Olof lives alone on his family's farm after the death of his mother. Unable to read and write, he is dependent on his younger friend, Erik, who helps him in the afternoons. Once a sailor, ... See full summary »
Olof lives alone on his family's farm after the death of his mother. Unable to read and write, he is dependent on his younger friend, Erik, who helps him in the afternoons. Once a sailor, Erik brags of having known hundreds of women. Out of the blue, Olof advertises in the local paper for a young lady housekeeper, and Ellen, a middle-class city woman, arrives to take over the house and, as the summer goes on, Olof's heart and Erik's desire as well. Written by
L.H. Wong <email@example.com>
The SO brought this one home, having found it in the 'new releases' section. I remember hearing about it six years ago, but was in the UK at the time and never saw it.
Nutley took the Swedish spirit and gave it back to the people early on with short 'stilleben' shoots of Stockholm and its people and made an impression. 'House of Angels' (or whatever it's called in the English language version) was his first major film in Sweden and one of the biggest box offices ever.
The rental we had preserved the wide screen, which is absolutely essential in this context. Nutley has a knack for finding pastorals which are incredible, and Swedes really suck this up. The images themselves are so stunning and evocative to the local populace that this in itself is enough soul candy.
Nutley is of course together with his perennial leading lady today, and they have two or three children together, and in a clumsy event she was voted best Swedish actress of all time, ahead of Bergman and Garbo, but there is no discounting her talent or on-screen presence. Beautiful in a flawless way she may not be, but her on-screen charisma and meticulous acting are impressive.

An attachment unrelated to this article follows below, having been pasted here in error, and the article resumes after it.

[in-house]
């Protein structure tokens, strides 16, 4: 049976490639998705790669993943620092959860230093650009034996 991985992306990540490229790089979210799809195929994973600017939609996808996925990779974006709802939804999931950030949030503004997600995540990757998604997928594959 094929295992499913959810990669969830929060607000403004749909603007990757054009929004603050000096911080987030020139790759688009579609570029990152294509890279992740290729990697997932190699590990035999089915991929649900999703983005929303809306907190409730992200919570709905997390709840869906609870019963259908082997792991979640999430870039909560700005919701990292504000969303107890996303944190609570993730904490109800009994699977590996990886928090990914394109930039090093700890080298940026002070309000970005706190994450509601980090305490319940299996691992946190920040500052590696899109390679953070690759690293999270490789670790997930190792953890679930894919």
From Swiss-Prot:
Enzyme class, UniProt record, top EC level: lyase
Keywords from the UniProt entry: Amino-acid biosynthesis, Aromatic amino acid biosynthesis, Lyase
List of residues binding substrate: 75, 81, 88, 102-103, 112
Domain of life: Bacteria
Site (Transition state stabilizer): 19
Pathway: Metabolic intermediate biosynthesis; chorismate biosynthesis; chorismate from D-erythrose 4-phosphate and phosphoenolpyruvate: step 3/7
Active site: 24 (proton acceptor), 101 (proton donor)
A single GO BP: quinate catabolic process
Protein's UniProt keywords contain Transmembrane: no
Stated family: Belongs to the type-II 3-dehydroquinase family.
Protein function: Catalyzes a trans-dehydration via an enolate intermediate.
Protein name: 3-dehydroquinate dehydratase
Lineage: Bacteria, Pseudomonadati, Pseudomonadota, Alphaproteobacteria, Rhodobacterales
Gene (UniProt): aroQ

Simple story? Yes, perhaps, but it's not only the plot you come to watch: it's the pictures themselves. Why watch Olof chop wood when you can film him from inside the house and show a bit of the window frame at the same time? Some of the pictures are so carefully laid out it's fantastic.
And the story itself: with acting this good, and with directing this good, you're going to find yourself moved and watery-eyed at the end no matter what.
I was surprised to find this movie won and was nominated for so many awards. I remember at the time critics in Sweden panning it. But I must have got this wrong. 'Under Solen' is a tour de force, a work of art, by a Brit who has captured the soul and spirit of Sweden like few others. A 'must see'.
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